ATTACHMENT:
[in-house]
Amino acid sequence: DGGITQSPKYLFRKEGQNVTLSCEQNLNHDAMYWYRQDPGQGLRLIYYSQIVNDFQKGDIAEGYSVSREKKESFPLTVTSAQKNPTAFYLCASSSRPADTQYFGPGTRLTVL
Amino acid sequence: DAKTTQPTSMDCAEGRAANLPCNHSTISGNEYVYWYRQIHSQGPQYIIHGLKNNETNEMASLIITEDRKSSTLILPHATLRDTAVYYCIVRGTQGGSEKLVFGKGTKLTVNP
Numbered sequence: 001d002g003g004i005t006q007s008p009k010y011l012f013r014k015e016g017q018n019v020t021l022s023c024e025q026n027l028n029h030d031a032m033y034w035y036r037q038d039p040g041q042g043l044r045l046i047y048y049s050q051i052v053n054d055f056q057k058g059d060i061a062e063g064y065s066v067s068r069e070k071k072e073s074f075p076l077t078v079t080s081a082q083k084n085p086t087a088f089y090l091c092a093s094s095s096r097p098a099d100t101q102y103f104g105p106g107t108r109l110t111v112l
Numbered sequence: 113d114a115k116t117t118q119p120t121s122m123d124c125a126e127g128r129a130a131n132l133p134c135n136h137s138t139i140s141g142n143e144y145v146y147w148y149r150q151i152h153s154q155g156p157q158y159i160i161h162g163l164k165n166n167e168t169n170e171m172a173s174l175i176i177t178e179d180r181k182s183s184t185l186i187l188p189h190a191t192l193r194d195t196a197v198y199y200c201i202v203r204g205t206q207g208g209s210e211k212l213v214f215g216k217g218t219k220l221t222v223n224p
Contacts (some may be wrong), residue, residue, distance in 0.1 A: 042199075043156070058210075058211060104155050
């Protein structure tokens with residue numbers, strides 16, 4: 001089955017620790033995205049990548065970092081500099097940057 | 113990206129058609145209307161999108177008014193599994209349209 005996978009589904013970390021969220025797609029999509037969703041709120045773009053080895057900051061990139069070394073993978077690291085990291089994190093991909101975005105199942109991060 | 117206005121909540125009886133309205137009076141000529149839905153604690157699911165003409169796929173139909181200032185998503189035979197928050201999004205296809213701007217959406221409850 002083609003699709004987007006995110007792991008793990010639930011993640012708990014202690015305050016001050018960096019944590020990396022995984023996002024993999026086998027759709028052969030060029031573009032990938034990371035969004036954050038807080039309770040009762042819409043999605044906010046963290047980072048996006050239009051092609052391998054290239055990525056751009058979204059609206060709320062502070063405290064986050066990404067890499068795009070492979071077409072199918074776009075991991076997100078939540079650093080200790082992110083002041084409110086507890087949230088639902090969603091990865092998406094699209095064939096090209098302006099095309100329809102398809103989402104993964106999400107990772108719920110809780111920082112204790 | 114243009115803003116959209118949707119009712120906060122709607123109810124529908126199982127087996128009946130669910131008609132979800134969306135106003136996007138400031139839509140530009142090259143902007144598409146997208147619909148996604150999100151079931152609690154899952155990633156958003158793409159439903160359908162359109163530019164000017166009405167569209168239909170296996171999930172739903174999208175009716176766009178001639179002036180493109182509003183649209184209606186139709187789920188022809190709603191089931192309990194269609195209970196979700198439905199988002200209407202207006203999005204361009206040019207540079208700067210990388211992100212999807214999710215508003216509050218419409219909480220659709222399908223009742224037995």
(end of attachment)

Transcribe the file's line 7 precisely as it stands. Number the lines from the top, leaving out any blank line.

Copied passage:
């Protein structure tokens with residue numbers, strides 16, 4: 001089955017620790033995205049990548065970092081500099097940057 | 113990206129058609145209307161999108177008014193599994209349209 005996978009589904013970390021969220025797609029999509037969703041709120045773009053080895057900051061990139069070394073993978077690291085990291089994190093991909101975005105199942109991060 | 117206005121909540125009886133309205137009076141000529149839905153604690157699911165003409169796929173139909181200032185998503189035979197928050201999004205296809213701007217959406221409850 002083609003699709004987007006995110007792991008793990010639930011993640012708990014202690015305050016001050018960096019944590020990396022995984023996002024993999026086998027759709028052969030060029031573009032990938034990371035969004036954050038807080039309770040009762042819409043999605044906010046963290047980072048996006050239009051092609052391998054290239055990525056751009058979204059609206060709320062502070063405290064986050066990404067890499068795009070492979071077409072199918074776009075991991076997100078939540079650093080200790082992110083002041084409110086507890087949230088639902090969603091990865092998406094699209095064939096090209098302006099095309100329809102398809103989402104993964106999400107990772108719920110809780111920082112204790 | 114243009115803003116959209118949707119009712120906060122709607123109810124529908126199982127087996128009946130669910131008609132979800134969306135106003136996007138400031139839509140530009142090259143902007144598409146997208147619909148996604150999100151079931152609690154899952155990633156958003158793409159439903160359908162359109163530019164000017166009405167569209168239909170296996171999930172739903174999208175009716176766009178001639179002036180493109182509003183649209184209606186139709187789920188022809190709603191089931192309990194269609195209970196979700198439905199988002200209407202207006203999005204361009206040019207540079208700067210990388211992100212999807214999710215508003216509050218419409219909480220659709222399908223009742224037995």